That leaves two versions of academic freedom left standing: the “It’s just a job” school and the “For the common good” school, and it’s here that the real heart of Versions of Academic Freedom lies. Fish slyly jokes that the former camp “may have only one member and you’re reading him now,” but he’s being disingenuous: there is in fact a large class of professionals within the university who tend to hold just such a view—the view that professors are, at the end of the day, just employees, with no special rights or privileges that don’t attach to other kinds of employees. They’re called administrators.
There is, indeed, a tension between this mainstream administrative position and the mainstream faculty position, which Fish highlights. The modern-day exemplar of what Fish calls the “For the common good” school is the legal scholar Robert Post, who has debated Fish in the past (and blurbs this book). In contrast to the “left” schools of academic freedom, who find the raison d’etre of academic freedom in political critique and dissent, Post views academics as producers of specialized expertise with no immediate practical or political consequences. But, he argues, while academic knowledge is not itself democratic—because it requires the professional exclusion and suppression of voices that don’t meet one or another discipline’s standards—its flourishing is essential for democracy, since it helps create what he calls “democratic competence.” Thus, in Fish’s somewhat reductive summary, “[w]hat professors want and what democracy needs come together quite neatly.”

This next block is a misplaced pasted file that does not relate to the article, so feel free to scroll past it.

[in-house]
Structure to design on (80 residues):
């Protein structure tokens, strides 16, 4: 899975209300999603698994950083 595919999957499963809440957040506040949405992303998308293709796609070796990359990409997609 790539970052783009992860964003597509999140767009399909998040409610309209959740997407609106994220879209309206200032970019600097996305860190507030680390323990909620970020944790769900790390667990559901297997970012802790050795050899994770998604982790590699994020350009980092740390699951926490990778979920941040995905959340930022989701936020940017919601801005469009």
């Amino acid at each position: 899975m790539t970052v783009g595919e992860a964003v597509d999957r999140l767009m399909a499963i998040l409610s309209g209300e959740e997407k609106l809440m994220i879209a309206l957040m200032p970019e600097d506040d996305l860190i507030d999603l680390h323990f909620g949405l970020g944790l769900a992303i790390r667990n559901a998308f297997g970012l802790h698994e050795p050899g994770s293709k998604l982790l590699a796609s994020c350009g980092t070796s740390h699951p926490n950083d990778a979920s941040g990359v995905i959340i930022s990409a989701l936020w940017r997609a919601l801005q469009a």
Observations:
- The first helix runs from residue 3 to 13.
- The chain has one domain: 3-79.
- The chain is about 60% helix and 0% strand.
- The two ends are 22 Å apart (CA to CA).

Fish’s rejoinder to Post is rather simple. “Although the knowledge produced by academic expertise may be helpful to the democratic project,” he writes, “the democratic project can get along without it.” There are other means, he suggests, to enlighten and therefore empower a political citizenry: “parents, churches, free libraries, political discussion groups, newspapers, high-level journals, the internet, public television, National Public Radio, documentaries, popular culture, folk wisdom, common sense.” In other words, the academy is not nearly as important to the health of democracy as it thinks it is, and it shouldn’t appeal to the claims of a larger common good in order to shore up its privileges. “Either give academics special speech privileges, the argument goes,” according to Fish, “or the entire democratic project goes downhill. That is quite a claim and, in my view, one that cannot be cashed in.”